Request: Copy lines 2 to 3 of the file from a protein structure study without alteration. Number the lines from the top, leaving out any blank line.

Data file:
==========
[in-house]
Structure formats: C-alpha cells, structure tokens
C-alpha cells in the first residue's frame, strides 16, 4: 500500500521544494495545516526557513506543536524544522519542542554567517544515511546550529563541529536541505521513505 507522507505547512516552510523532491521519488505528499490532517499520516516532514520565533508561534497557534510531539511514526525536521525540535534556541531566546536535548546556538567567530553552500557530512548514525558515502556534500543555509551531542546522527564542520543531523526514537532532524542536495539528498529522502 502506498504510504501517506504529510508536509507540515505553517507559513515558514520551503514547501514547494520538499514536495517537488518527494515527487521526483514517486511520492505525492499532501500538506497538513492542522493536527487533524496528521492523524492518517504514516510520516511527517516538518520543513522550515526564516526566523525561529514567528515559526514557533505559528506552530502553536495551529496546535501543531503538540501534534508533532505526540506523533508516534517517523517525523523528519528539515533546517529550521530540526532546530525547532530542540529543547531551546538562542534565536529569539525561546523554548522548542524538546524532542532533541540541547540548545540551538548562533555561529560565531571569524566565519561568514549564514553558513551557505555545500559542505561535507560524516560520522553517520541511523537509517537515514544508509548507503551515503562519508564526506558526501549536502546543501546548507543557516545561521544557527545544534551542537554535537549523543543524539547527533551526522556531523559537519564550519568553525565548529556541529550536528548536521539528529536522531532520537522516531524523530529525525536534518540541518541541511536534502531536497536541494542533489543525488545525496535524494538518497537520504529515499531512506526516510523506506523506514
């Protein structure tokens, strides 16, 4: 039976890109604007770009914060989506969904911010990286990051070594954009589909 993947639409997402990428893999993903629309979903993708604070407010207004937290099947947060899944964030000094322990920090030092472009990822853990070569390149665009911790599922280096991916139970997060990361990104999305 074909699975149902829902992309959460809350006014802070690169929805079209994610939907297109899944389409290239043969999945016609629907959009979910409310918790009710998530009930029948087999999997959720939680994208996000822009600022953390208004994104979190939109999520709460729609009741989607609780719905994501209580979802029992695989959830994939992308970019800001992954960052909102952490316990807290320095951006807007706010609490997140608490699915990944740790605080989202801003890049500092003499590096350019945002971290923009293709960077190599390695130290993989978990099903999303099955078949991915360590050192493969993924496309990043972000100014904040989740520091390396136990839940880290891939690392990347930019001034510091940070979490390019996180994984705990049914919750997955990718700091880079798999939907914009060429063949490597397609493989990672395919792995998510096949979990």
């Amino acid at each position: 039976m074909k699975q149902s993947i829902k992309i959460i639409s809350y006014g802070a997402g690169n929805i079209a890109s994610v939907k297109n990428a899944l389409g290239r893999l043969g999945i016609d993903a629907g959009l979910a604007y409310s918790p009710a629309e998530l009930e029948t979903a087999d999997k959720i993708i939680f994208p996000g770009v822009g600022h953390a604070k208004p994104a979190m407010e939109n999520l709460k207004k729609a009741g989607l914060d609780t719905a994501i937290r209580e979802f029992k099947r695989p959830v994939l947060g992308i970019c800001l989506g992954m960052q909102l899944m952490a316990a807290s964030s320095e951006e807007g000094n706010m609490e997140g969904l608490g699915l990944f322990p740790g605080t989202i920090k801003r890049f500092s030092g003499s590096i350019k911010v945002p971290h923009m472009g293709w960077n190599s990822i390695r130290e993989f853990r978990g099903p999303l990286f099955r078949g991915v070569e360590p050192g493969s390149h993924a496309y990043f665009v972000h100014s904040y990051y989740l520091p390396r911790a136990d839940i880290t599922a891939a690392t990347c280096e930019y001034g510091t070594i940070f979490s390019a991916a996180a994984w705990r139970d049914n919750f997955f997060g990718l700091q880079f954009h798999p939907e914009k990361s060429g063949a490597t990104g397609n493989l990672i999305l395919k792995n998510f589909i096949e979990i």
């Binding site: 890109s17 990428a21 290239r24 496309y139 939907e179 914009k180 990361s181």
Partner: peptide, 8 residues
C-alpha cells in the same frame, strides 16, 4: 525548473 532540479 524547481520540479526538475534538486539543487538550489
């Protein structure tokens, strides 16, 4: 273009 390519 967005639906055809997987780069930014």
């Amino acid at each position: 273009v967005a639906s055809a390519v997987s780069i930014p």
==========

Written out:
Structure formats: C-alpha cells, structure tokens
C-alpha cells in the first residue's frame, strides 16, 4: 500500500521544494495545516526557513506543536524544522519542542554567517544515511546550529563541529536541505521513505 507522507505547512516552510523532491521519488505528499490532517499520516516532514520565533508561534497557534510531539511514526525536521525540535534556541531566546536535548546556538567567530553552500557530512548514525558515502556534500543555509551531542546522527564542520543531523526514537532532524542536495539528498529522502 502506498504510504501517506504529510508536509507540515505553517507559513515558514520551503514547501514547494520538499514536495517537488518527494515527487521526483514517486511520492505525492499532501500538506497538513492542522493536527487533524496528521492523524492518517504514516510520516511527517516538518520543513522550515526564516526566523525561529514567528515559526514557533505559528506552530502553536495551529496546535501543531503538540501534534508533532505526540506523533508516534517517523517525523523528519528539515533546517529550521530540526532546530525547532530542540529543547531551546538562542534565536529569539525561546523554548522548542524538546524532542532533541540541547540548545540551538548562533555561529560565531571569524566565519561568514549564514553558513551557505555545500559542505561535507560524516560520522553517520541511523537509517537515514544508509548507503551515503562519508564526506558526501549536502546543501546548507543557516545561521544557527545544534551542537554535537549523543543524539547527533551526522556531523559537519564550519568553525565548529556541529550536528548536521539528529536522531532520537522516531524523530529525525536534518540541518541541511536534502531536497536541494542533489543525488545525496535524494538518497537520504529515499531512506526516510523506506523506514